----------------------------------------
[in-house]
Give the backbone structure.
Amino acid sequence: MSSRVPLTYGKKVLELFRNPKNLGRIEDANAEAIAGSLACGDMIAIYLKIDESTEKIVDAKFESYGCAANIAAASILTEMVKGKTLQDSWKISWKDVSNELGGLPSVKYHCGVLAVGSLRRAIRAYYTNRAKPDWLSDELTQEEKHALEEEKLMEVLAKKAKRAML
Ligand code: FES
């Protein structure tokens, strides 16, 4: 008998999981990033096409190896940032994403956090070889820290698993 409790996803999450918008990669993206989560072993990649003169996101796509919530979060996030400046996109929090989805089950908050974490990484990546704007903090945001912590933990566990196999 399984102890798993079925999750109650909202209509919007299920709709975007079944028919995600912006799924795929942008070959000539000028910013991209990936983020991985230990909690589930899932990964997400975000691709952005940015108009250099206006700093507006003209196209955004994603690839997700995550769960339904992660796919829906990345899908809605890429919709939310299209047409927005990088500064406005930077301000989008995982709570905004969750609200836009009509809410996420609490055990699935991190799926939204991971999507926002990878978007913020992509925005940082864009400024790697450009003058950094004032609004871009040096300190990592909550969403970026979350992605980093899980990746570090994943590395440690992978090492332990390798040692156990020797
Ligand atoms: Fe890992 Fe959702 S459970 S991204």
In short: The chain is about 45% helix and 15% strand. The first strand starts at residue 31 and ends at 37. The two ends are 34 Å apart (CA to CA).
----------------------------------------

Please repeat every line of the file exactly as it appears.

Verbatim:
[in-house]
Give the backbone structure.
Amino acid sequence: MSSRVPLTYGKKVLELFRNPKNLGRIEDANAEAIAGSLACGDMIAIYLKIDESTEKIVDAKFESYGCAANIAAASILTEMVKGKTLQDSWKISWKDVSNELGGLPSVKYHCGVLAVGSLRRAIRAYYTNRAKPDWLSDELTQEEKHALEEEKLMEVLAKKAKRAML
Ligand code: FES
């Protein structure tokens, strides 16, 4: 008998999981990033096409190896940032994403956090070889820290698993 409790996803999450918008990669993206989560072993990649003169996101796509919530979060996030400046996109929090989805089950908050974490990484990546704007903090945001912590933990566990196999 399984102890798993079925999750109650909202209509919007299920709709975007079944028919995600912006799924795929942008070959000539000028910013991209990936983020991985230990909690589930899932990964997400975000691709952005940015108009250099206006700093507006003209196209955004994603690839997700995550769960339904992660796919829906990345899908809605890429919709939310299209047409927005990088500064406005930077301000989008995982709570905004969750609200836009009509809410996420609490055990699935991190799926939204991971999507926002990878978007913020992509925005940082864009400024790697450009003058950094004032609004871009040096300190990592909550969403970026979350992605980093899980990746570090994943590395440690992978090492332990390798040692156990020797
Ligand atoms: Fe890992 Fe959702 S459970 S991204």
In short: The chain is about 45% helix and 15% strand. The first strand starts at residue 31 and ends at 37. The two ends are 34 Å apart (CA to CA).